Mobile devices have become frequent sources of relevant ESI in litigation. As mobile device sources have rapidly increased in number and importance, practitioners have struggled to adapt to these evolving expectations and challenges. Among those challenges is the question of what format to use for the production (or request) of mobile device data – particularly the production of mobile device messages.
Our monthly legal eDiscovery news round-up for January 2021 features procedural rule changes, GDPR enforcement news, and continuing adaptation to virtual legal proceedings, as well as noteworthy cases, useful e-discovery publications, and new XDD educational materials on cyber breach investigations and technology assisted review.
As we have noted before, cyberattacks are a growing area of concern, both inside and outside of the legal industry. With so many breaches occurring and so many breach investigations being conducted, it is important to consider the discoverability of reports and other materials generated by those investigations. As two recent cases demonstrate, it can be difficult to satisfy the requirements for work product protection of such reports.
Our monthly legal eDiscovery news round-up for December 2020 features an FRCP amendment, new privacy developments, and continued cybersecurity concerns, as well as new noteworthy cases, and a variety of new XDD educational materials.
Our monthly legal eDiscovery news round-up for November 2020 features a CRPA privacy law update, continuing adaption to COVID-19, and a discussion of two recent Sedona publications, as well as new noteworthy cases, and a variety of new XDD educational materials.
Due to the enormous volume of materials collected in some cases, parties may wish to use keyword searches followed by a TAR approach applied to the results. While search term filtering is not typically recommended by the developers of TAR tools and some parties have objected to their opponent’s use, cases have allowed parties to apply search term filtering to a document population before applying a TAR approach to the result.
Another common question regarding the use of TAR approaches in discovery is whether process transparency is required. Process transparency in this context refers to transparency regarding how the chosen TAR approach is being deployed in the case. Although there is some variation in the cases, the short answer is that process transparency is preferred but is not typically required absent some demonstrated deficiency in the process’s results.
Our monthly legal eDiscovery news round-up for October 2020 features continuing industry adaption to COVID-19 and cybersecurity concerns, as well as new noteworthy cases, new useful publications, and a variety of new XDD educational materials.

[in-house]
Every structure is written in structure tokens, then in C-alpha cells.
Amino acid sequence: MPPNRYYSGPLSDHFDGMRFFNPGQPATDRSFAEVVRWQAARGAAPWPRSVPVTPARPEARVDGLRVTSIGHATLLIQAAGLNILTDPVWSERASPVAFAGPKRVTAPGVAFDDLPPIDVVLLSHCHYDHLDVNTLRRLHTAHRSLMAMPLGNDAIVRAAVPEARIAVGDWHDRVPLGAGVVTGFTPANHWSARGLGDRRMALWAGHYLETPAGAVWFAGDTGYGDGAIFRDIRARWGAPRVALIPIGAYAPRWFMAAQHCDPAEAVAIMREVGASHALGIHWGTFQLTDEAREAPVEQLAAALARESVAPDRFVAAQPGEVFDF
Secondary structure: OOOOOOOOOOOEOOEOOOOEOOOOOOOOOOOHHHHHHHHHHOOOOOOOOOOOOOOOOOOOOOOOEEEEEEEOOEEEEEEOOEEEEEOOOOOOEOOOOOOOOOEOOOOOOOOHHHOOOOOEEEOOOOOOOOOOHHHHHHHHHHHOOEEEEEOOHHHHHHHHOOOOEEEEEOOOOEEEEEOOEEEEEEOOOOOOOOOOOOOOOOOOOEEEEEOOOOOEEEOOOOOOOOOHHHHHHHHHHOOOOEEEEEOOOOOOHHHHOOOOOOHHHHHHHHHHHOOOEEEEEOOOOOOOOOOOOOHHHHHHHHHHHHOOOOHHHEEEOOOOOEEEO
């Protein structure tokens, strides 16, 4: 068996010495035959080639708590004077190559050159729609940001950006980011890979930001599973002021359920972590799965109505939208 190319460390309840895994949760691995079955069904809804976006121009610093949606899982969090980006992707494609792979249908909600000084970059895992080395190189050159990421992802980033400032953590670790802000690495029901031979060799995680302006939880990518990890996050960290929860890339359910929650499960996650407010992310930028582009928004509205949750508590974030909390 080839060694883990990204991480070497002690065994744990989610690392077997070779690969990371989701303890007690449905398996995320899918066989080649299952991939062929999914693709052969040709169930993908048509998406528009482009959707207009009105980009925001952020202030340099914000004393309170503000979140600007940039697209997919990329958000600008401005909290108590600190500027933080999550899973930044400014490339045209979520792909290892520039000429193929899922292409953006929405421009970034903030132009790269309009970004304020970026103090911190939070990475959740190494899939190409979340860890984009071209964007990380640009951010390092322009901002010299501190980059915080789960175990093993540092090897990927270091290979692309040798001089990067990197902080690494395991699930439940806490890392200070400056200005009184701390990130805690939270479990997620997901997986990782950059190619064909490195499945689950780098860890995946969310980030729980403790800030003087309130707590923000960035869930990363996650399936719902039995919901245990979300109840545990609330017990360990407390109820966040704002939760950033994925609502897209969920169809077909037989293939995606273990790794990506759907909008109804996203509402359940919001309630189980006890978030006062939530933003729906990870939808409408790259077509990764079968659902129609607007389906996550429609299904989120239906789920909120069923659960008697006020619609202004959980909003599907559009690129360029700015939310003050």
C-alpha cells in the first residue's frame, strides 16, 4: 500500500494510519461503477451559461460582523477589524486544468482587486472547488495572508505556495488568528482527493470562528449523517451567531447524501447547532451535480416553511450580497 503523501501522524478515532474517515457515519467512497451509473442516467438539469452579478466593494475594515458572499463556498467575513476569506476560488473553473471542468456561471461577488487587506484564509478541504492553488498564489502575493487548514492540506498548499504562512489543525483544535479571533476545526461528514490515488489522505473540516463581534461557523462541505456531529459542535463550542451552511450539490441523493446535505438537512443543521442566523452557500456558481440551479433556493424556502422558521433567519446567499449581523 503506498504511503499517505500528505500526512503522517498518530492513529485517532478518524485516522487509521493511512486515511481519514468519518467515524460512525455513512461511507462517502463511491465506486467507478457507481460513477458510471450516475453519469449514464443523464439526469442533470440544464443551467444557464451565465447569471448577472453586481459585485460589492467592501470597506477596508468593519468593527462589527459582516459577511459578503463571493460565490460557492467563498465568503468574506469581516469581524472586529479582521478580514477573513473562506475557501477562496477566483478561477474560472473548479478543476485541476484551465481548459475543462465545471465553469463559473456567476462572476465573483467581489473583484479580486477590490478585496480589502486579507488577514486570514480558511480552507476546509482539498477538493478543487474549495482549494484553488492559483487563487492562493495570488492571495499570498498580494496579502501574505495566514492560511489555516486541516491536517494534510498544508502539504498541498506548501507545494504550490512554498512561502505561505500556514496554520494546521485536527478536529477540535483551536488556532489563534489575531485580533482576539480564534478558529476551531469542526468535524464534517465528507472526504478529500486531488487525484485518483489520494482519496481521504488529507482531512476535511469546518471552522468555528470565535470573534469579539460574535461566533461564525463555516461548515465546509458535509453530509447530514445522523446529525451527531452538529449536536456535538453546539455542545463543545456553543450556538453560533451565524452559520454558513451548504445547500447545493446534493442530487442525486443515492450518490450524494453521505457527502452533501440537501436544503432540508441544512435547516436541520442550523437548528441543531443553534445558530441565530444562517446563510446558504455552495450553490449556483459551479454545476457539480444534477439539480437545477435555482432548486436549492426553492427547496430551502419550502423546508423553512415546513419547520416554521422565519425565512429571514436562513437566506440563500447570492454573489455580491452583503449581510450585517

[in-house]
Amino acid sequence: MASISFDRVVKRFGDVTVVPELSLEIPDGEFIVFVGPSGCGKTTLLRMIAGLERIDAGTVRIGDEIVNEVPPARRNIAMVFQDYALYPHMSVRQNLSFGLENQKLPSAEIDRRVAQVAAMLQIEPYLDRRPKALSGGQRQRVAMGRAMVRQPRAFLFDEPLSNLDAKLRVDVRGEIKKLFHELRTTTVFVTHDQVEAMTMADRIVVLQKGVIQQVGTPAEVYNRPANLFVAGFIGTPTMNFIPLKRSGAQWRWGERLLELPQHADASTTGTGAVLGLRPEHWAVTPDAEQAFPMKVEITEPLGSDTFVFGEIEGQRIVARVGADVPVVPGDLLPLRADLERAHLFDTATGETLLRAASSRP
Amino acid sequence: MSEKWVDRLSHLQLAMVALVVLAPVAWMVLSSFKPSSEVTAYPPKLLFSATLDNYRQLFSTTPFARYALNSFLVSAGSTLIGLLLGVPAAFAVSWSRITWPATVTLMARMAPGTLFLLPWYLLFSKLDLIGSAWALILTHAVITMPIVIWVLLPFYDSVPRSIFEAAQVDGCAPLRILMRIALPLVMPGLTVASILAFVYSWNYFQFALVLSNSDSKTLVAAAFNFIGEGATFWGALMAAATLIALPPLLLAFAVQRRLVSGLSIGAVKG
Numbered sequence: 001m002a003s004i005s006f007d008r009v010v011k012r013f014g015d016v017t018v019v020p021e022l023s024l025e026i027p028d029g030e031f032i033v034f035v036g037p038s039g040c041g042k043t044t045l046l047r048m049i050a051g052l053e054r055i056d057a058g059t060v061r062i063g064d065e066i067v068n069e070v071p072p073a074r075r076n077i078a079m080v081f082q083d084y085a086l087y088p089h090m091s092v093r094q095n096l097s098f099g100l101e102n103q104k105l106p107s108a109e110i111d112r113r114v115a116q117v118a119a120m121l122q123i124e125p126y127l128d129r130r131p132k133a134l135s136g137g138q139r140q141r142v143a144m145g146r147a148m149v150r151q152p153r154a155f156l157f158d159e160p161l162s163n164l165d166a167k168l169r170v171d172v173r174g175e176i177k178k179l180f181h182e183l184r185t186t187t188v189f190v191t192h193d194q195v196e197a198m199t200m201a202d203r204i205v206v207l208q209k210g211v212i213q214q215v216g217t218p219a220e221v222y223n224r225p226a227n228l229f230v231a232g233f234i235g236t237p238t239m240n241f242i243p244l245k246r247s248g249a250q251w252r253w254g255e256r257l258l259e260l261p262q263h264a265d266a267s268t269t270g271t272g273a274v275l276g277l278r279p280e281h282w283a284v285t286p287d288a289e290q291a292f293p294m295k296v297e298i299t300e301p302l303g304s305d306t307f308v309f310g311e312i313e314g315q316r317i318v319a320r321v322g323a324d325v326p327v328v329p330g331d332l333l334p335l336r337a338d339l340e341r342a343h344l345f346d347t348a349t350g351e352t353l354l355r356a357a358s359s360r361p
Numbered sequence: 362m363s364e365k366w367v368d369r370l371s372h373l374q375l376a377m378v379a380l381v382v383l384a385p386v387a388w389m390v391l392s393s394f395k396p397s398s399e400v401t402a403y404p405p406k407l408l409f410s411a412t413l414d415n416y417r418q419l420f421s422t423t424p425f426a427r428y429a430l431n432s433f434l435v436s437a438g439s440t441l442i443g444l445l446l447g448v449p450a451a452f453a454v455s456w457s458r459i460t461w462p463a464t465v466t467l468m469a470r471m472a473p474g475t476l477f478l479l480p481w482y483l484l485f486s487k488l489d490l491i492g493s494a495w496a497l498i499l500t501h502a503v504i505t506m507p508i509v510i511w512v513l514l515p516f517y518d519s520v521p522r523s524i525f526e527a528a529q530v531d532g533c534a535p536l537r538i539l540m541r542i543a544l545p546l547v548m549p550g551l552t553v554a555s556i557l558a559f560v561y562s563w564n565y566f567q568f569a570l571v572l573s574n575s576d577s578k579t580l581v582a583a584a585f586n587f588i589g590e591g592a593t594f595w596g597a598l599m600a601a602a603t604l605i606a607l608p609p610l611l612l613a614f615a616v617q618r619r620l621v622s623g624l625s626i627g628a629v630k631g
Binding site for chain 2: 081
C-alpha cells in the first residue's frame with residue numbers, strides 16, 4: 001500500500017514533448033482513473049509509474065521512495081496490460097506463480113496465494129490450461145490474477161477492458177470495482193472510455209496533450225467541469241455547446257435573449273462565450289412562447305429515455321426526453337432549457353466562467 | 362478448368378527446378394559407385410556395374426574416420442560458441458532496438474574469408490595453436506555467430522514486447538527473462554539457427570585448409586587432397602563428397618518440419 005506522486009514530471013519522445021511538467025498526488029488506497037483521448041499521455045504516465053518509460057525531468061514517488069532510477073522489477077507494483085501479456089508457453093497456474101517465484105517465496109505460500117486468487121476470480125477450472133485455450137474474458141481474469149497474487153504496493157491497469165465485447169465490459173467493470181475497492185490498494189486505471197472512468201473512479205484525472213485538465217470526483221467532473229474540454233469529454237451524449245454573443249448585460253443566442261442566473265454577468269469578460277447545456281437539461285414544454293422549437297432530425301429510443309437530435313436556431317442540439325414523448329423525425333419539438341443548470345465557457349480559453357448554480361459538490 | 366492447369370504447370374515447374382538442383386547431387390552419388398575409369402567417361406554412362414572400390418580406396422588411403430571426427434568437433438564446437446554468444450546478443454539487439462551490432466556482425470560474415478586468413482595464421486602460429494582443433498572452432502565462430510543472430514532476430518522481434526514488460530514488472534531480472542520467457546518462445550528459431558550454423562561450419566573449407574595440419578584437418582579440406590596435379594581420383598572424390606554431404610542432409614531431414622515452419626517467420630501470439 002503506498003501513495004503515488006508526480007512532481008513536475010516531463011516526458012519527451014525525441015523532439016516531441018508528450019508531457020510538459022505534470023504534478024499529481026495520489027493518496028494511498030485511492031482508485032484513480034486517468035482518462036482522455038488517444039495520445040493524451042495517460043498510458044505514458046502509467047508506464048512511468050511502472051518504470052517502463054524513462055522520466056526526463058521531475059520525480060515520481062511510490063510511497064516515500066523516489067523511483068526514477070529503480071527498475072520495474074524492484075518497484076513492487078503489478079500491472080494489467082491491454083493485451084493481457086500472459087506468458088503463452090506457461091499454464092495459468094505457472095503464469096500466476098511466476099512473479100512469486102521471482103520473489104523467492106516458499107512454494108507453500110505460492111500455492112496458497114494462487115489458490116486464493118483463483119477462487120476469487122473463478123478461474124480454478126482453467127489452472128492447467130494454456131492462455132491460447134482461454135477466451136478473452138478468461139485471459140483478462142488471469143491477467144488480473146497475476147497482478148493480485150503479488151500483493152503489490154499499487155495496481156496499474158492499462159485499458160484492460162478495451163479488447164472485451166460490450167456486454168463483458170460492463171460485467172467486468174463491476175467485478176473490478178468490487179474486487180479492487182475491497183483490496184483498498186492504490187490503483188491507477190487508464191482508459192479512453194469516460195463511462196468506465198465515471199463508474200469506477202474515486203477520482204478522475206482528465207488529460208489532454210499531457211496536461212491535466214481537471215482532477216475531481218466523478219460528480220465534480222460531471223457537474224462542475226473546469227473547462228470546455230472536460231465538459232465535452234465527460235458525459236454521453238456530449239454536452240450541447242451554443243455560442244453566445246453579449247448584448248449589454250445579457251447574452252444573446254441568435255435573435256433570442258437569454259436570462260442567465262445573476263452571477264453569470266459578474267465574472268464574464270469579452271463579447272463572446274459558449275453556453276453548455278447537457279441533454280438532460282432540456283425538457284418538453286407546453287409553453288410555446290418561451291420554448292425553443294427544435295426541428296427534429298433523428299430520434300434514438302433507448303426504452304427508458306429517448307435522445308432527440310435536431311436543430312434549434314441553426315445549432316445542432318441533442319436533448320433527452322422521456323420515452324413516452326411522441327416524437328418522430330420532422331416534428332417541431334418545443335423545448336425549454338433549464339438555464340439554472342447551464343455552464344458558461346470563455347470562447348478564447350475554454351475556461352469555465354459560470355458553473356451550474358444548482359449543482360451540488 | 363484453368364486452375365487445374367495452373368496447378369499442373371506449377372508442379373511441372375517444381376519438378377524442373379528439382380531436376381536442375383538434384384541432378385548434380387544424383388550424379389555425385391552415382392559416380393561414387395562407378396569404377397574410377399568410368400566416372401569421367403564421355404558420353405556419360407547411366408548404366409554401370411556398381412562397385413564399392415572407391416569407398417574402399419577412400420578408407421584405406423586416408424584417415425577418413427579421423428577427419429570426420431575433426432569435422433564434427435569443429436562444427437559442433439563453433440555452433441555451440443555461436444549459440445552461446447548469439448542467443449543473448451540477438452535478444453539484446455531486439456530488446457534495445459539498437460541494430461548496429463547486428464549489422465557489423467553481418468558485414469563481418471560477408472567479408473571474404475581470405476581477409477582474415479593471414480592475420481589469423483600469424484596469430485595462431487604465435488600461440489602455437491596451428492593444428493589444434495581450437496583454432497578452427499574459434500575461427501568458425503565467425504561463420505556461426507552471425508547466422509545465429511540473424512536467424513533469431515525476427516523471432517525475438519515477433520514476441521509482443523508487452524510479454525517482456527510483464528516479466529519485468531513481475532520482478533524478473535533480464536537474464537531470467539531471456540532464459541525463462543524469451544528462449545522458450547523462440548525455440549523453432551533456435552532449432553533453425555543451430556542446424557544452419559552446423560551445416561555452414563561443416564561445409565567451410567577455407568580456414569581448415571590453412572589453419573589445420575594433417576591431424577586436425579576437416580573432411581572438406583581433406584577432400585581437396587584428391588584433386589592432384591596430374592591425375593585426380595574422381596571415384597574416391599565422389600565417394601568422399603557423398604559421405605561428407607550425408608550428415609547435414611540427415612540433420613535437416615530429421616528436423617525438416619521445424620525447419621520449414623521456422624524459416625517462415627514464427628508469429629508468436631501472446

As we have just seen, process objections are supposed to be based on actual deficiencies in actual results. So, what results are deficient enough to be objectionable? We have previously discussed the academic studies showing that traditional human review is far from perfect and that technology-assisted review approaches can be at least as effective, if not more so, but that doesn’t really answer the question. How good is good enough?
We have seen in the cases where the decision of whether or not to use a TAR approach generally rests with the producing parties. Requesting parties cannot stop them from using a TAR approach if they wish to, or make them use a TAR approach if they don’t wish to. What if a requesting party has concerns, though, about the specifics of a producing party’s TAR process? When can TAR process objections be raised and what case law supports them?
Not long after da Silva Moore became the first case in which the use of TAR was judicially approved, Kleen Products became the first case in which a requesting party tried to compel a responding party to utilize a TAR approach. Since that time, numerous courts have addressed the question and have concluded that one party cannot compel another to use TAR – but a judge might direct its use in certain situations.
Our monthly legal eDiscovery news round-up for September 2020 features state rule changes, cybersecurity concerns, and continuing adaption to COVID-19, as well as new noteworthy cases, new useful publications, and a variety of new XDD educational webinars and blog articles.